Most couples go straight to divorce when they decide to end their marriages, but there are many benefits that a legal separation can offer. It's important to understand what a legal separation can and cannot do for you so you are as informed as possible moving forward. One of the most misunderstood aspects of separations is how they affect property division.
An important issue to keep in mind is that a legal separation is not what many people refer to as a "trial separation." While a legal separation does not always lead to a divorce and some couples may reconcile, it is not a good idea for a very short-term approach, such as when the couple wants to have a trial separation of just a few weeks or months.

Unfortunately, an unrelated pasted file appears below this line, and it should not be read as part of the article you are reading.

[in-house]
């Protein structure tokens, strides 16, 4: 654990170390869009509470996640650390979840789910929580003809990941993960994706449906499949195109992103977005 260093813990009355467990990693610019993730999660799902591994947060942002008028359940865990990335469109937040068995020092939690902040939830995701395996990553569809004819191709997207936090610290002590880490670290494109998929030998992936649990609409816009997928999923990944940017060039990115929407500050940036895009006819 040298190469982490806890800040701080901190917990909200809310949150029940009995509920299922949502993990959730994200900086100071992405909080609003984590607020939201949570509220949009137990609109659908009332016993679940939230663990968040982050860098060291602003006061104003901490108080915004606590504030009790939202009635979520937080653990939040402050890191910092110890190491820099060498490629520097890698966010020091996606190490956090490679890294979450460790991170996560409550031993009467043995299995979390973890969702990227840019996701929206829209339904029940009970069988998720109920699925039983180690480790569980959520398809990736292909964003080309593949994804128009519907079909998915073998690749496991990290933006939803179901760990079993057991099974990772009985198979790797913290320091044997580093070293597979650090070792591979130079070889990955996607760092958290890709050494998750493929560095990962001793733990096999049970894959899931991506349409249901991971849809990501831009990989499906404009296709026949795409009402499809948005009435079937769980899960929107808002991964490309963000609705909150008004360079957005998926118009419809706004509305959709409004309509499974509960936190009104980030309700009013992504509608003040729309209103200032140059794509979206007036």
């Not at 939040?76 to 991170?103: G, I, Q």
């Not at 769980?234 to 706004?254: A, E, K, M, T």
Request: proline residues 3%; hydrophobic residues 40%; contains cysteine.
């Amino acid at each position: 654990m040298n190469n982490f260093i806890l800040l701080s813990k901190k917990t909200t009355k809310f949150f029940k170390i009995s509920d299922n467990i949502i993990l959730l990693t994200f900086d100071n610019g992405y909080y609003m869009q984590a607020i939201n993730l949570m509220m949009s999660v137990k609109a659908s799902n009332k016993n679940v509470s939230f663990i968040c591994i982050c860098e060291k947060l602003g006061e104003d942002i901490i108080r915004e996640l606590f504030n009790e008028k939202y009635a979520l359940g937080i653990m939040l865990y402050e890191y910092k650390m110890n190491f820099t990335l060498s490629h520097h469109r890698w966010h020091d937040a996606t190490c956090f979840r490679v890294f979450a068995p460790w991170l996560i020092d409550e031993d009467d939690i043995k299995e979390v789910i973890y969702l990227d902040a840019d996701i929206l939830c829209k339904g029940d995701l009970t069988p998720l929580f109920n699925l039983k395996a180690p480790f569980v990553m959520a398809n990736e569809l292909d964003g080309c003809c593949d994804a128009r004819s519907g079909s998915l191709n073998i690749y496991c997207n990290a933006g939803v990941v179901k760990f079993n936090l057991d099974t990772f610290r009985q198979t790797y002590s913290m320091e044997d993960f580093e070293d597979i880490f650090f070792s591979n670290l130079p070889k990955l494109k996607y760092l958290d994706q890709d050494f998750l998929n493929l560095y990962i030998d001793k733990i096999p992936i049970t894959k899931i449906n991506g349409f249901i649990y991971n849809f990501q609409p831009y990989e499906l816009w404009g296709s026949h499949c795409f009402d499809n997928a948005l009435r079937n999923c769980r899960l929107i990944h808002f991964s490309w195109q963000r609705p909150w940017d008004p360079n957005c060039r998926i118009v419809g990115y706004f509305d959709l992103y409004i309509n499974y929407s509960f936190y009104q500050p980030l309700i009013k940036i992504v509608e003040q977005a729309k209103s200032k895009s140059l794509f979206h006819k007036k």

If you don't get a legal separation your property division settlement, should you go on to divorce, could get complicated. In most cases, any property obtained by either party during an informal separation period is still counted as marital property according to the family courts. Generally, this is a bigger issue the longer you have been separated, as you are more likely to have acquired significant assets if you have been separated for years rather than weeks.
A legal separation formally outlines the property division process and what will happen to any property obtained between the separation and actual divorce. A legal separation can also get the process of child support or separation maintenance going, making the financial adjustment to a single life easier. If you have questions about whether a legal separation may be an option for your situation, talk with a family law attorney to get more information.
Source: FindLaw, "Legal Separation vs. Divorce," accessed Jan. 12, 2016